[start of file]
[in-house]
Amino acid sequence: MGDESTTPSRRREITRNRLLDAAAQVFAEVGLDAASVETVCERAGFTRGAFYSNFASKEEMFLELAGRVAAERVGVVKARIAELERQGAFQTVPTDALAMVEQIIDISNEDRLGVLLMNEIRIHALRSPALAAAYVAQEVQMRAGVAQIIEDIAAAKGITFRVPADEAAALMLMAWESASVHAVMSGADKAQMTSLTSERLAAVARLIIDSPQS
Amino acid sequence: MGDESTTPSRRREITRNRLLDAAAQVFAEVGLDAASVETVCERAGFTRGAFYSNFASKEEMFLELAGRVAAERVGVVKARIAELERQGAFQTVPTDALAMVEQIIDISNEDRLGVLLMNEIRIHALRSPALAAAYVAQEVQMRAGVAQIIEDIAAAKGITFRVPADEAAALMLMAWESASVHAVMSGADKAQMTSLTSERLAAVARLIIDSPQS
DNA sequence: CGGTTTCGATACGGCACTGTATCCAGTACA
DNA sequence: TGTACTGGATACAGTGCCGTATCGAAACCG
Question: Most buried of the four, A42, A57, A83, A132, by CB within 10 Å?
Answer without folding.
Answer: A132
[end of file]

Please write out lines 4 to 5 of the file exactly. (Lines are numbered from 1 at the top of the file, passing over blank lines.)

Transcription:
DNA sequence: CGGTTTCGATACGGCACTGTATCCAGTACA
DNA sequence: TGTACTGGATACAGTGCCGTATCGAAACCG